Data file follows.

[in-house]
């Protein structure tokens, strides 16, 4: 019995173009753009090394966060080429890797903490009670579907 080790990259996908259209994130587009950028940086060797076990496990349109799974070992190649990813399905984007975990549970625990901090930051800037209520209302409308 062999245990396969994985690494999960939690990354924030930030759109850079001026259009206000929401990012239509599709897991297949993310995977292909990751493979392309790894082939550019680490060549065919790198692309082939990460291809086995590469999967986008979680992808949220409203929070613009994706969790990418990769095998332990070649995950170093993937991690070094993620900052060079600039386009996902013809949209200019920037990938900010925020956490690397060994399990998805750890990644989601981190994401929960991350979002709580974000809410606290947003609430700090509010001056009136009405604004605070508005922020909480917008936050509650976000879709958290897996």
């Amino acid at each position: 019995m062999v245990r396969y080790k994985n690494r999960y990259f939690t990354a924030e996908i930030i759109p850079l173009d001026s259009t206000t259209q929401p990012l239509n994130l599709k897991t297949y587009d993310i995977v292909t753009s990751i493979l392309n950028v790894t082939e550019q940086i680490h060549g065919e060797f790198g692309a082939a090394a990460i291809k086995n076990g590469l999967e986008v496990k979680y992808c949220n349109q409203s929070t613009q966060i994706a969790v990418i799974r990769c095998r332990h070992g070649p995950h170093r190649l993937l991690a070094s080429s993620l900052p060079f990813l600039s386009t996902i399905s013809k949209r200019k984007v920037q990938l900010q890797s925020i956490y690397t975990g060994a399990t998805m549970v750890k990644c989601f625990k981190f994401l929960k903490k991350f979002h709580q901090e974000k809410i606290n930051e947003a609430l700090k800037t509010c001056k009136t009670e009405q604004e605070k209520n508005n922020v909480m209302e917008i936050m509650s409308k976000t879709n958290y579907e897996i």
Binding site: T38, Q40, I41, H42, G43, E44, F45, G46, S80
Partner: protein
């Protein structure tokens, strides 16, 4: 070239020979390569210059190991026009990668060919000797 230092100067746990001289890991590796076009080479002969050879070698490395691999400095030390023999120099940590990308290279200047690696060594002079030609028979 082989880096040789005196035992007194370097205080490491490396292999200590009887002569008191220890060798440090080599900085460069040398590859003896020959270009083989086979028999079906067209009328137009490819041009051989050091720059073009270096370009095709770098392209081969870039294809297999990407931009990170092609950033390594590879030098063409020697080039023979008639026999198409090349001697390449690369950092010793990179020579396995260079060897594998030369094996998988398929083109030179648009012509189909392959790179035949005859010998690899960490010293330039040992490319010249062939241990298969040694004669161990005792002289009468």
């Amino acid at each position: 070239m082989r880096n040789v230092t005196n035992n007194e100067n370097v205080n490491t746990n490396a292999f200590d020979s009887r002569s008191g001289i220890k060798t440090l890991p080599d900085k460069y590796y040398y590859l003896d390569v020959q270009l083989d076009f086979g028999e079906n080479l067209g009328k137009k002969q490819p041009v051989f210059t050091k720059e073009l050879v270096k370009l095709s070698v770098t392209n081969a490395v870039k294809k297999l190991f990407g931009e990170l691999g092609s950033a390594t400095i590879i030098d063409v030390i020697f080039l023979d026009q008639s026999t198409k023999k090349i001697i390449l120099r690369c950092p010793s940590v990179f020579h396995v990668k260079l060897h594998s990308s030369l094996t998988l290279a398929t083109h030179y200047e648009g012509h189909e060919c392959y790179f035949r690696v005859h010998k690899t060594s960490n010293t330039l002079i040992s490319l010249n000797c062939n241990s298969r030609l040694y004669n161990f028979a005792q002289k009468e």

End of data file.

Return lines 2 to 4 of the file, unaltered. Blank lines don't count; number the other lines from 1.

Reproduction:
């Protein structure tokens, strides 16, 4: 019995173009753009090394966060080429890797903490009670579907 080790990259996908259209994130587009950028940086060797076990496990349109799974070992190649990813399905984007975990549970625990901090930051800037209520209302409308 062999245990396969994985690494999960939690990354924030930030759109850079001026259009206000929401990012239509599709897991297949993310995977292909990751493979392309790894082939550019680490060549065919790198692309082939990460291809086995590469999967986008979680992808949220409203929070613009994706969790990418990769095998332990070649995950170093993937991690070094993620900052060079600039386009996902013809949209200019920037990938900010925020956490690397060994399990998805750890990644989601981190994401929960991350979002709580974000809410606290947003609430700090509010001056009136009405604004605070508005922020909480917008936050509650976000879709958290897996």
């Amino acid at each position: 019995m062999v245990r396969y080790k994985n690494r999960y990259f939690t990354a924030e996908i930030i759109p850079l173009d001026s259009t206000t259209q929401p990012l239509n994130l599709k897991t297949y587009d993310i995977v292909t753009s990751i493979l392309n950028v790894t082939e550019q940086i680490h060549g065919e060797f790198g692309a082939a090394a990460i291809k086995n076990g590469l999967e986008v496990k979680y992808c949220n349109q409203s929070t613009q966060i994706a969790v990418i799974r990769c095998r332990h070992g070649p995950h170093r190649l993937l991690a070094s080429s993620l900052p060079f990813l600039s386009t996902i399905s013809k949209r200019k984007v920037q990938l900010q890797s925020i956490y690397t975990g060994a399990t998805m549970v750890k990644c989601f625990k981190f994401l929960k903490k991350f979002h709580q901090e974000k809410i606290n930051e947003a609430l700090k800037t509010c001056k009136t009670e009405q604004e605070k209520n508005n922020v909480m209302e917008i936050m509650s409308k976000t879709n958290y579907e897996i």
Binding site: T38, Q40, I41, H42, G43, E44, F45, G46, S80